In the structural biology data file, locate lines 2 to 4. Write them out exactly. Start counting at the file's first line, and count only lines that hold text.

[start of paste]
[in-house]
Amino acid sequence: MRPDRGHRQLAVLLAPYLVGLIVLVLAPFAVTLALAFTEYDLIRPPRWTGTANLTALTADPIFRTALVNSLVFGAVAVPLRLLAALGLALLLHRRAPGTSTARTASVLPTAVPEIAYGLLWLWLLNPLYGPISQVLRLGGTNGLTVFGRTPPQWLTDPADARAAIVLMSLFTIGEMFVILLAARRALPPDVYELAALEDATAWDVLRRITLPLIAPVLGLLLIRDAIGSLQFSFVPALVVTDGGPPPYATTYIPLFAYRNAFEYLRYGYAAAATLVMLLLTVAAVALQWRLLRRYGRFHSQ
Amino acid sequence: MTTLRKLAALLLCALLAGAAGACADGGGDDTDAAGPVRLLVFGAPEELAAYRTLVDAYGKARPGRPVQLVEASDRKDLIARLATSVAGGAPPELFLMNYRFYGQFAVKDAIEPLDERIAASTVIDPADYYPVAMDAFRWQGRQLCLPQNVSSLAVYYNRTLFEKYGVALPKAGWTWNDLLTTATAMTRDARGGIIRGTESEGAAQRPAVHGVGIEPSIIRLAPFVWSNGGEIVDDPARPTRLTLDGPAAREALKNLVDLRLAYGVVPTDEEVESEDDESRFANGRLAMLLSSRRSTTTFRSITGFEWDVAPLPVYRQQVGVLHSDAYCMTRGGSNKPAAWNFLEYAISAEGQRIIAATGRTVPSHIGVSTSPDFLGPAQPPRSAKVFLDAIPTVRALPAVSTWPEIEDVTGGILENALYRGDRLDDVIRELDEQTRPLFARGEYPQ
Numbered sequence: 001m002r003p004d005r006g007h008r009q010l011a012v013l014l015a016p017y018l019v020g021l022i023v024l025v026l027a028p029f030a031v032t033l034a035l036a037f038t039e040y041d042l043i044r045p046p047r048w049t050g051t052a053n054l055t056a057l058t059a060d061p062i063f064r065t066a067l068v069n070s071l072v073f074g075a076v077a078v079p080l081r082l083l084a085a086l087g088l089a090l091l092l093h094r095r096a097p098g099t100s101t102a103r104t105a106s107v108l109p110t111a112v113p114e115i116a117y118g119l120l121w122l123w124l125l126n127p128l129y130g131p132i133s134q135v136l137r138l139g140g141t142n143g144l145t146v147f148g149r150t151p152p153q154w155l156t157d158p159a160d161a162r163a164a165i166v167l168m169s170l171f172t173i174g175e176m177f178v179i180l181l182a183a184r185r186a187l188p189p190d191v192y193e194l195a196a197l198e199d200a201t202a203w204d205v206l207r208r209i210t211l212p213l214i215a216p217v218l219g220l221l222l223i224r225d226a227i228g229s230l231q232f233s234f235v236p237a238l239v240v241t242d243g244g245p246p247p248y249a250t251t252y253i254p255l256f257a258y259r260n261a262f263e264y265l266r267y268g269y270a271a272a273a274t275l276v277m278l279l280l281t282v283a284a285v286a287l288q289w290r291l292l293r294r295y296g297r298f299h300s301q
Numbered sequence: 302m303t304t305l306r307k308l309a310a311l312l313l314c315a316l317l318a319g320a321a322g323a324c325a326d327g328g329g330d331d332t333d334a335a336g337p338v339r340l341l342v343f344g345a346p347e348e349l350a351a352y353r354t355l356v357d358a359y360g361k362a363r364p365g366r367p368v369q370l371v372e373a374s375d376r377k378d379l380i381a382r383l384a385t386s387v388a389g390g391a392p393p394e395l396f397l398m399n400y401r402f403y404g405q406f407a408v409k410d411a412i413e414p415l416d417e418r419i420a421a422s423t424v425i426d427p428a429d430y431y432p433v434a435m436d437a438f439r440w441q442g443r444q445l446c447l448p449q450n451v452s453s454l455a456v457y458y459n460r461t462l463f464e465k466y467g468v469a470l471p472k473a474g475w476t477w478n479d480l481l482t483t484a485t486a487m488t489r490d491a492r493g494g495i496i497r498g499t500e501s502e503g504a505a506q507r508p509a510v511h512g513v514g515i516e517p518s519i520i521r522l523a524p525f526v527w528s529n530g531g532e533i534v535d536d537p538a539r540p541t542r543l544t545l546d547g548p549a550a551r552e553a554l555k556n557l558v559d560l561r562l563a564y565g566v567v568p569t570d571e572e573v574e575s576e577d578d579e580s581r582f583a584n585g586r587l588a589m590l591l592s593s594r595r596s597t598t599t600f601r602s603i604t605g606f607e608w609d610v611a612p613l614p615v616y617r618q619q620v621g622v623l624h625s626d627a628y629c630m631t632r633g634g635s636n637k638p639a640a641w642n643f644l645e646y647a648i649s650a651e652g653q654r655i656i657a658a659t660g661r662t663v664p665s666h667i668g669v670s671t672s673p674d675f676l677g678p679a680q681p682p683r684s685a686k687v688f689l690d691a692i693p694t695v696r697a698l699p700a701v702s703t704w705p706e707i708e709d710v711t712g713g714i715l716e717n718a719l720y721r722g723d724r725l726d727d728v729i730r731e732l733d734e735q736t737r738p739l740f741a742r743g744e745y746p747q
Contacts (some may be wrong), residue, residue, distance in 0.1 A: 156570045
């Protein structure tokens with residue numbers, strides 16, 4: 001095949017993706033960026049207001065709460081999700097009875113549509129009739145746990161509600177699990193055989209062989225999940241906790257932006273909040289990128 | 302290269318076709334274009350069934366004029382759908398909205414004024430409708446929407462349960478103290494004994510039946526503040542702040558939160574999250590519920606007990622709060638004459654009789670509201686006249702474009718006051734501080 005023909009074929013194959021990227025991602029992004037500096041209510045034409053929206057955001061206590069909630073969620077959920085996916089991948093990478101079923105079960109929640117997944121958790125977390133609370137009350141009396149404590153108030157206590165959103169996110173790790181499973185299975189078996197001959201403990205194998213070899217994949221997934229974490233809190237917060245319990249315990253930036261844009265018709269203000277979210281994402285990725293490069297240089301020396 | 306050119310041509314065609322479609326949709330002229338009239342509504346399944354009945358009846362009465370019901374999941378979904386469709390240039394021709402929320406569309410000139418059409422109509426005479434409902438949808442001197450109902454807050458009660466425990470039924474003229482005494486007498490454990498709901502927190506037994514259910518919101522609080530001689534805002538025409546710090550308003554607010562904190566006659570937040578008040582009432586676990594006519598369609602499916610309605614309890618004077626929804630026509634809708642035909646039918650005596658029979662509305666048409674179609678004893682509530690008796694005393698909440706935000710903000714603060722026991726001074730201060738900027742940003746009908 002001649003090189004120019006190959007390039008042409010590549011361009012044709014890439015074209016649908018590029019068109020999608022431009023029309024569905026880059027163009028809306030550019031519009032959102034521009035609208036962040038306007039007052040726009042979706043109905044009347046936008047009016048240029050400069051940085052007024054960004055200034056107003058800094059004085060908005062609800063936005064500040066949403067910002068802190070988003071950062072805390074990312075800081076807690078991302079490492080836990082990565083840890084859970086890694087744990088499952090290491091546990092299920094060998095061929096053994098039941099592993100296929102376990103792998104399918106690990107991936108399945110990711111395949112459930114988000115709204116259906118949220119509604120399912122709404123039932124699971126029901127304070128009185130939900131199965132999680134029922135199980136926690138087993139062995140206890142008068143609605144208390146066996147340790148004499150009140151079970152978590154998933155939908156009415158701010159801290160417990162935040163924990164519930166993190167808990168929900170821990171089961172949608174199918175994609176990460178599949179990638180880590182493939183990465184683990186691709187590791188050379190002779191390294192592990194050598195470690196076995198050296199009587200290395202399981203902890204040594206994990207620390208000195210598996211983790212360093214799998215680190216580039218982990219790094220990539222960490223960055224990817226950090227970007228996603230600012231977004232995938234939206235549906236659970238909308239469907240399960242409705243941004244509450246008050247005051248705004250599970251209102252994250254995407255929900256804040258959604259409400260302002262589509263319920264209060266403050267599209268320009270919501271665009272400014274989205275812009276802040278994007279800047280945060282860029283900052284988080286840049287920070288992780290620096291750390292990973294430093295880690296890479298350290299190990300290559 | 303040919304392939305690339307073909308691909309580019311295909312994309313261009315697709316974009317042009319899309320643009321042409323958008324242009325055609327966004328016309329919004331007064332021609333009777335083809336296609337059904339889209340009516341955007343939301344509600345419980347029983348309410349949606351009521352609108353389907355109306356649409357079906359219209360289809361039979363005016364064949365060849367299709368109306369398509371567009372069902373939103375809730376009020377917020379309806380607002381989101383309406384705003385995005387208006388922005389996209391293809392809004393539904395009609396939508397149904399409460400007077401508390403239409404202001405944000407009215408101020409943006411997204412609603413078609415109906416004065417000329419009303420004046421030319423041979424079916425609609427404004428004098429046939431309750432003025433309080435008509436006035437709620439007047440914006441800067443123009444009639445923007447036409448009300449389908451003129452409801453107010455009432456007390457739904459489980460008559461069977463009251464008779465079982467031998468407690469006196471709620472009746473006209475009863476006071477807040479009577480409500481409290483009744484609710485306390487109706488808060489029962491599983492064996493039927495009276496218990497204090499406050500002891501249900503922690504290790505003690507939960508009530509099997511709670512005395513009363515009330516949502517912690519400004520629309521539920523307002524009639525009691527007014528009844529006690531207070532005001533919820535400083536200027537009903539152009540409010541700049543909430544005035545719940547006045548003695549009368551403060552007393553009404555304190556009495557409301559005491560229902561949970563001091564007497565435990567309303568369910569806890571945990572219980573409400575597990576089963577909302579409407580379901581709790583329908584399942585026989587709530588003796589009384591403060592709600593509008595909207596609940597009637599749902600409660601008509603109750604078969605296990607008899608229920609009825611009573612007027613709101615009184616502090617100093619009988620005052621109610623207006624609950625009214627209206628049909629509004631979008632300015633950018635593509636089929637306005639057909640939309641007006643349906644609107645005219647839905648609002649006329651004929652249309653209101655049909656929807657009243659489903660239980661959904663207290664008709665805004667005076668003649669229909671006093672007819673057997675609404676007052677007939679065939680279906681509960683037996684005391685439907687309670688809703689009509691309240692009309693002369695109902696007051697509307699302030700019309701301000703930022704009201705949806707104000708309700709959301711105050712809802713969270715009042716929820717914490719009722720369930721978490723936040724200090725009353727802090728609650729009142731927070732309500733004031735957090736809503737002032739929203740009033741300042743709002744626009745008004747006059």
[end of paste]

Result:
Amino acid sequence: MRPDRGHRQLAVLLAPYLVGLIVLVLAPFAVTLALAFTEYDLIRPPRWTGTANLTALTADPIFRTALVNSLVFGAVAVPLRLLAALGLALLLHRRAPGTSTARTASVLPTAVPEIAYGLLWLWLLNPLYGPISQVLRLGGTNGLTVFGRTPPQWLTDPADARAAIVLMSLFTIGEMFVILLAARRALPPDVYELAALEDATAWDVLRRITLPLIAPVLGLLLIRDAIGSLQFSFVPALVVTDGGPPPYATTYIPLFAYRNAFEYLRYGYAAAATLVMLLLTVAAVALQWRLLRRYGRFHSQ
Amino acid sequence: MTTLRKLAALLLCALLAGAAGACADGGGDDTDAAGPVRLLVFGAPEELAAYRTLVDAYGKARPGRPVQLVEASDRKDLIARLATSVAGGAPPELFLMNYRFYGQFAVKDAIEPLDERIAASTVIDPADYYPVAMDAFRWQGRQLCLPQNVSSLAVYYNRTLFEKYGVALPKAGWTWNDLLTTATAMTRDARGGIIRGTESEGAAQRPAVHGVGIEPSIIRLAPFVWSNGGEIVDDPARPTRLTLDGPAAREALKNLVDLRLAYGVVPTDEEVESEDDESRFANGRLAMLLSSRRSTTTFRSITGFEWDVAPLPVYRQQVGVLHSDAYCMTRGGSNKPAAWNFLEYAISAEGQRIIAATGRTVPSHIGVSTSPDFLGPAQPPRSAKVFLDAIPTVRALPAVSTWPEIEDVTGGILENALYRGDRLDDVIRELDEQTRPLFARGEYPQ
Numbered sequence: 001m002r003p004d005r006g007h008r009q010l011a012v013l014l015a016p017y018l019v020g021l022i023v024l025v026l027a028p029f030a031v032t033l034a035l036a037f038t039e040y041d042l043i044r045p046p047r048w049t050g051t052a053n054l055t056a057l058t059a060d061p062i063f064r065t066a067l068v069n070s071l072v073f074g075a076v077a078v079p080l081r082l083l084a085a086l087g088l089a090l091l092l093h094r095r096a097p098g099t100s101t102a103r104t105a106s107v108l109p110t111a112v113p114e115i116a117y118g119l120l121w122l123w124l125l126n127p128l129y130g131p132i133s134q135v136l137r138l139g140g141t142n143g144l145t146v147f148g149r150t151p152p153q154w155l156t157d158p159a160d161a162r163a164a165i166v167l168m169s170l171f172t173i174g175e176m177f178v179i180l181l182a183a184r185r186a187l188p189p190d191v192y193e194l195a196a197l198e199d200a201t202a203w204d205v206l207r208r209i210t211l212p213l214i215a216p217v218l219g220l221l222l223i224r225d226a227i228g229s230l231q232f233s234f235v236p237a238l239v240v241t242d243g244g245p246p247p248y249a250t251t252y253i254p255l256f257a258y259r260n261a262f263e264y265l266r267y268g269y270a271a272a273a274t275l276v277m278l279l280l281t282v283a284a285v286a287l288q289w290r291l292l293r294r295y296g297r298f299h300s301q